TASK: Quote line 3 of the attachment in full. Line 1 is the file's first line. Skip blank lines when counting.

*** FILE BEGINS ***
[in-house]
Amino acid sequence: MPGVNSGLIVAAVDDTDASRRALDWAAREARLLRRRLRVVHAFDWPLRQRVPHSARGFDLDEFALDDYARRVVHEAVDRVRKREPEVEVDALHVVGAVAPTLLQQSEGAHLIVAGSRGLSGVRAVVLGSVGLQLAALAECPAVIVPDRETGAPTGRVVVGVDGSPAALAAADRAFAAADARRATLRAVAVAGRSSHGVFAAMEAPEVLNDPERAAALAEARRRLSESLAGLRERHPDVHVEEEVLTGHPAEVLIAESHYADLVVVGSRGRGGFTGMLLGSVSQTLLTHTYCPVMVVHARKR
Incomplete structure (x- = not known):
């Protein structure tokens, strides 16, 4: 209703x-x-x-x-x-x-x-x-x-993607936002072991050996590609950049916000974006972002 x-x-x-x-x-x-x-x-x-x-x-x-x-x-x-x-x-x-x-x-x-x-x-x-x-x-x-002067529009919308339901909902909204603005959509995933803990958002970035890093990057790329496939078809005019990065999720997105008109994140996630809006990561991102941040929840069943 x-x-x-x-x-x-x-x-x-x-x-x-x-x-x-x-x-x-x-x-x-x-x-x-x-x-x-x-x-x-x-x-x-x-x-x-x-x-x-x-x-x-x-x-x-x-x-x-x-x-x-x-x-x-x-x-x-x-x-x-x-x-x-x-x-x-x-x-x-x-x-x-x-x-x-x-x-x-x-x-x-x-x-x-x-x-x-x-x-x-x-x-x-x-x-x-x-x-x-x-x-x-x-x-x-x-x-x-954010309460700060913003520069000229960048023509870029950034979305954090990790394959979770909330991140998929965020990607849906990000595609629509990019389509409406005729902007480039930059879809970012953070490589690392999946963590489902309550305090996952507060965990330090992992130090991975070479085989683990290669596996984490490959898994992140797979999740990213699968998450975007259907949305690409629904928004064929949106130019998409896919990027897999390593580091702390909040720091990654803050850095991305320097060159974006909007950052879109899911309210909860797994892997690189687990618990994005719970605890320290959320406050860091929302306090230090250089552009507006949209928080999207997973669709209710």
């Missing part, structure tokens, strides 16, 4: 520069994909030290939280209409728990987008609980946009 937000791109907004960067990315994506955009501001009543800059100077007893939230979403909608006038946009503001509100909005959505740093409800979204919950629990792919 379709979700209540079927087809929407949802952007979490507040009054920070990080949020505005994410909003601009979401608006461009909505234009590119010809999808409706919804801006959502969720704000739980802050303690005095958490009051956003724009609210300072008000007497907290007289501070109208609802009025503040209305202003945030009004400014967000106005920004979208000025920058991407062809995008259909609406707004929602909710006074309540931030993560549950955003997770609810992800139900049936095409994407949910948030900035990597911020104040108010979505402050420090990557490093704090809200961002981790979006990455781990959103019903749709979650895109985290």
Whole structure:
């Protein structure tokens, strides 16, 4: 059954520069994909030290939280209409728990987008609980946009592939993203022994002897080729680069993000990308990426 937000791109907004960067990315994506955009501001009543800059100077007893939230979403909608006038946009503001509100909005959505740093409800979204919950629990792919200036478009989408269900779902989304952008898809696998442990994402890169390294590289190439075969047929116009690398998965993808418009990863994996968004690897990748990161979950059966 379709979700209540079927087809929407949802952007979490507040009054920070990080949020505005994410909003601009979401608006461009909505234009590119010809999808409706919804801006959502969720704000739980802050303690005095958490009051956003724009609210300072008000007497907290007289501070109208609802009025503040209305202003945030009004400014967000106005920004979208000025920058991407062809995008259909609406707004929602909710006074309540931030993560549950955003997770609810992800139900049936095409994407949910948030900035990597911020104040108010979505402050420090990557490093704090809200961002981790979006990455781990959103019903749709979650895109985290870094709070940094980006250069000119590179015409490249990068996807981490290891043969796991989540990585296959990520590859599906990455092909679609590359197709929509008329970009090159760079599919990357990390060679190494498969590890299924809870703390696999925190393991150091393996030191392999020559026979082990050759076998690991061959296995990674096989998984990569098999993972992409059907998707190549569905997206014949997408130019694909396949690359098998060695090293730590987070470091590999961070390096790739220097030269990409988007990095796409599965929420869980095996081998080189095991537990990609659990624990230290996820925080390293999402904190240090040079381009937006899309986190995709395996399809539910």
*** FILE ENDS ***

Incomplete structure (x- = not known):